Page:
Besides these competent institutions, there are other well-known vocal human rights organizations
like PUCL (Peoples’ Union for Civil Liberties) in India, the Amnesty International and the Human
Rights Watch at the international stage fighting for the downtrodden and acting on behalf of the
victims of human rights abuses around the world. If anyone of us in Delhi wishes to take up human
rights as a subject in a Master’s degree/post-graduation, he/she can apply at the following four
institutions, viz. Jamia Millia Islamia, Indian Institute of Human Rights, Annamalai University and
University of Madras (the latter two have their branches in Delhi).
“When the UN introduced the Universal Declaration of Human Rights in 1948, it was seen by many
as a sign of optimism, of the possibilities of a better world. Yet, over 50 years later, observers
recognize that we still live in age when human rights abuses are as prevalent as they have ever been-in
some instances, more prevalent. The world is still littered with examples of violations of basic rights
like censorship, discrimination, political imprisonment, torture, slavery, death penalty,
disappearances, genocide, poverty, refugees. The rights of women, children, & other groups in society
continue to be ignored in atrocious ways. We are still faced with a world which does not fully
recognize the claims made in the Declaration/UDHR. The world of international relations is still
chaotic & competitive as before 1948; only it has become more hypocritical”, wrote a human rights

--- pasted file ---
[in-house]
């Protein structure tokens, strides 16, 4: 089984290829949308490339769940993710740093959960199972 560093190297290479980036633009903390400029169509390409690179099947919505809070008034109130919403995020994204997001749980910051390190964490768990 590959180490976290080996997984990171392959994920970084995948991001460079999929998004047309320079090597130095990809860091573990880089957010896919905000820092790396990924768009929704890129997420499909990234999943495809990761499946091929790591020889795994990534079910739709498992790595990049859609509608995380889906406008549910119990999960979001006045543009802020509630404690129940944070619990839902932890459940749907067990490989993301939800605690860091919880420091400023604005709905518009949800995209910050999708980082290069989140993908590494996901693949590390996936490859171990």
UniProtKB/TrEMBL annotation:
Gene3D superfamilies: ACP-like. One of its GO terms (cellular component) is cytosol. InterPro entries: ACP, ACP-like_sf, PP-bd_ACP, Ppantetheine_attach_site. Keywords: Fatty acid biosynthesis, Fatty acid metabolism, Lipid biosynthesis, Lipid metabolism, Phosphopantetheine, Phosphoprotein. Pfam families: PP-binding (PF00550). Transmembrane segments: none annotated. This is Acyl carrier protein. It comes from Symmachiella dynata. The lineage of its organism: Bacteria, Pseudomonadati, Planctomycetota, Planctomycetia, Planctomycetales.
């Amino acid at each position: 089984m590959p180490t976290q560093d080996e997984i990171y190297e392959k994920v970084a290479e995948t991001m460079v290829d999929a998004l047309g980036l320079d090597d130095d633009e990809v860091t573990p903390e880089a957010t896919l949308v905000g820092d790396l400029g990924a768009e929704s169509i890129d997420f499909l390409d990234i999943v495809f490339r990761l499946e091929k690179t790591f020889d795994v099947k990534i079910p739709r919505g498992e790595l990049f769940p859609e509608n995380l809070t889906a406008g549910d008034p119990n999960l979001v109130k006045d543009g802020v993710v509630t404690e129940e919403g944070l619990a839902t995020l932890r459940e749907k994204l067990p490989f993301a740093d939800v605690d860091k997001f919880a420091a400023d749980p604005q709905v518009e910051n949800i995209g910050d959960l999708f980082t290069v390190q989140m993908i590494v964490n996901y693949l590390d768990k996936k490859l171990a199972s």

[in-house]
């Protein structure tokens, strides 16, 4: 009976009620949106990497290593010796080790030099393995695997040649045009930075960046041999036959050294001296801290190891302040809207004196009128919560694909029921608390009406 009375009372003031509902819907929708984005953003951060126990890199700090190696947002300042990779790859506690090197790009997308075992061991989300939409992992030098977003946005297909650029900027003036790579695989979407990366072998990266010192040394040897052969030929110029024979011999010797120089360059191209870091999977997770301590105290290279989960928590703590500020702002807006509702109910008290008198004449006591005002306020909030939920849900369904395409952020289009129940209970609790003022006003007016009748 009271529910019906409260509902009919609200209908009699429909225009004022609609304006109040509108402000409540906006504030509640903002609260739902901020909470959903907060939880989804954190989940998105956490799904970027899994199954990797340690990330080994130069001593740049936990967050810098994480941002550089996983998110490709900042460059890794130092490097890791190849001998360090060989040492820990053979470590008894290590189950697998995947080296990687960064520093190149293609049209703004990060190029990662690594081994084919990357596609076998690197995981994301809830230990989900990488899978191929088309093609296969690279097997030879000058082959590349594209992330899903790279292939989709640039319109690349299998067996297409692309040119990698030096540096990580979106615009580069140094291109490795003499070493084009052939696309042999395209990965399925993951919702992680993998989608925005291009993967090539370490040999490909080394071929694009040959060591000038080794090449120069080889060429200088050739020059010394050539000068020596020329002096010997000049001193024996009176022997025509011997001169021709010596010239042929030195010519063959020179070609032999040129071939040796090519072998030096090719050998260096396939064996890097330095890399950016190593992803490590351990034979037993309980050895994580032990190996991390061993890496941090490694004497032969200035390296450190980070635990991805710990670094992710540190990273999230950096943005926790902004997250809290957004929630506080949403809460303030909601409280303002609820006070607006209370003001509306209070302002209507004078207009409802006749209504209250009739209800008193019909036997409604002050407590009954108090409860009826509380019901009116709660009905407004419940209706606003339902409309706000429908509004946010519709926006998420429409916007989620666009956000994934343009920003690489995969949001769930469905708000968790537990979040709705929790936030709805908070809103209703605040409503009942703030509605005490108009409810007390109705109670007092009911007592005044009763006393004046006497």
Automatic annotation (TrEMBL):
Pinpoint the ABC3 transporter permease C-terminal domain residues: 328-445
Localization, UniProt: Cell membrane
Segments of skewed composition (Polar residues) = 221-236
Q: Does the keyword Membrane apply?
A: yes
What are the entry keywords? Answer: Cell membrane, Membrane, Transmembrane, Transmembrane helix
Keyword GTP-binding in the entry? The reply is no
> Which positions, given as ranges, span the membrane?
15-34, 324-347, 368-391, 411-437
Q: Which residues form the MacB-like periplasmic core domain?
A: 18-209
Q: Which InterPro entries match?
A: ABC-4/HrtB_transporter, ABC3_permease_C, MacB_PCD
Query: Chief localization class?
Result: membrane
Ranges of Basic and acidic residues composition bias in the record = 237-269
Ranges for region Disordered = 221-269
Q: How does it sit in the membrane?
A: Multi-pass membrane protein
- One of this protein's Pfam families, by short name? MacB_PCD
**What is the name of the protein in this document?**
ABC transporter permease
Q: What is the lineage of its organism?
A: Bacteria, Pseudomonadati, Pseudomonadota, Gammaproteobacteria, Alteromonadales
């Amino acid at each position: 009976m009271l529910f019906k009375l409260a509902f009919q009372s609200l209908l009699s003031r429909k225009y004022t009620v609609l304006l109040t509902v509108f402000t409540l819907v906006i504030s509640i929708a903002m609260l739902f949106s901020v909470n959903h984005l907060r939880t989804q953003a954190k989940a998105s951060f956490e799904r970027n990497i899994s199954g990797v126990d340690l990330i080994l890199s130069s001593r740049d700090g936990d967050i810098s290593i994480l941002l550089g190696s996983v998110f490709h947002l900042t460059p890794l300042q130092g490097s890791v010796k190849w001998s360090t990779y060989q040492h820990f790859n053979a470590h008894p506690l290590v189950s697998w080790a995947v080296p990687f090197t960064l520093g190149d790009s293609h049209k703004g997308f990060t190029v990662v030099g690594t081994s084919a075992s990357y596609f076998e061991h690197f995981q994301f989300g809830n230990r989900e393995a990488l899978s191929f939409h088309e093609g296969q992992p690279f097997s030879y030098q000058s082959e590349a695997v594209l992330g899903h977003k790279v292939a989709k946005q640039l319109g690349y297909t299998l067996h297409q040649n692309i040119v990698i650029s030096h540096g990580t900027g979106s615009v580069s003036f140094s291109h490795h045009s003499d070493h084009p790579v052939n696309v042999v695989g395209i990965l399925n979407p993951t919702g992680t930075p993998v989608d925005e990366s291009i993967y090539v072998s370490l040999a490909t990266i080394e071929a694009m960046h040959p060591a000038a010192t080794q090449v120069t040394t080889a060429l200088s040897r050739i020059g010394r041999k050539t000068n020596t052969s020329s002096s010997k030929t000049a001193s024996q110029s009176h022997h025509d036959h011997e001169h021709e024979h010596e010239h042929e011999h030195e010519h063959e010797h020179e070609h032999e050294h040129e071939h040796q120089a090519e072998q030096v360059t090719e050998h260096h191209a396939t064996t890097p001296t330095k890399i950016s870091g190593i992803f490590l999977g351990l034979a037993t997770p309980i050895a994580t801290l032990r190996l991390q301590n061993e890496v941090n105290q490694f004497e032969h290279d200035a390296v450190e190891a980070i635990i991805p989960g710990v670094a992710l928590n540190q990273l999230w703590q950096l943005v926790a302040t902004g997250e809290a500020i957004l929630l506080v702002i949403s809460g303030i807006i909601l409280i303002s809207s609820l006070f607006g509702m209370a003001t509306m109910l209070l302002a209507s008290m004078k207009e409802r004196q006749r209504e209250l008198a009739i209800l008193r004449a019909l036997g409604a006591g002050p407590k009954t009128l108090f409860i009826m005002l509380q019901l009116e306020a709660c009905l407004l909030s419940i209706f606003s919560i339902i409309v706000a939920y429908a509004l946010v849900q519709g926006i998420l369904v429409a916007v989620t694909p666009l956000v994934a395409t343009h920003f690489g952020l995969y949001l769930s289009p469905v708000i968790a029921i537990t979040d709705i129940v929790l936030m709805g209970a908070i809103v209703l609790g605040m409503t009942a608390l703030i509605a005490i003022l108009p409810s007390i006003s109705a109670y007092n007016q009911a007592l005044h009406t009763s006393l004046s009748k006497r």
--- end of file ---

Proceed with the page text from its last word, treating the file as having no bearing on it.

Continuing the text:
We should all know that, we, as Indian and world citizens, are equally protected and have the
privilege of equally enjoying all rights enshrined in the Constitution of India and the United Nations
Universal Declaration of Human Rights. If our issues and concerns are not addressed or paid
cognizance by our state governments/authorities and the central machineries, we have the UNHRC


and other organizations to fight for our rights. The least that we, as human beings, should have and
enjoy so that our basic human rights & needs are not ignored or violated are food, shelter, clothing,
health and education, without which we are merely as privileged as the animals.
There’s a latest & a perfect example (besides many other instances) of how the NHRC on last May
28 th 2014 issued notice to the Delhi government asking it to explain why it cannot & it should not
compensate the 12 African women who allegedly suffered racial prejudice in the Malviya Nagar
incident which took place on the night of January 15 the same year (the raid which was led by the then
Law Minister Mr. Somnath Bharti in the short-lived AAP government). The NHRC invoked Section 18
of the Protection of Human Rights Act, 1993 to suggest that compensation can be recommended. The
NHRC report concluded that, “the African women were wrongfully restrained & humiliated without
any fault of theirs as no drug was found from their possession. They were subjected to racist slurs,
assault, humiliation, misbehavior & molestation with threats of dire consequences”. Such is the power
& authority of the NHRC & other human rights commissions & bodies, besides the power of many
other competent & lawful/legal organizations & authorities.
Let us be more aware of our rights, proactively assert and exercise our rights as and when needed.
Also, let us make the best use of the resources and assistance available to us all as Indians and as
North-Easterners in particular, and make our stay/life in Delhi safer and more meaningful. Our
presence has now been felt and acknowledged more than ever by the state and the central
governments (as well as by the local residents & other migrants), who are trying to ensure our safety
by various means. On our part, we may need to become a little more assertive in matters pertaining to
our rights. I now wish to wind up abruptly due to space and time constraints with the hope that I have
conveyed what I possibly could have to the readers. Your constructive suggestions and criticisms are
invaluable to me.
I wish everyone a pleasant & a progressive life.

Akham Hungyo
E-mail address: .

Edited By Khanrin Editorial Team 2021-2022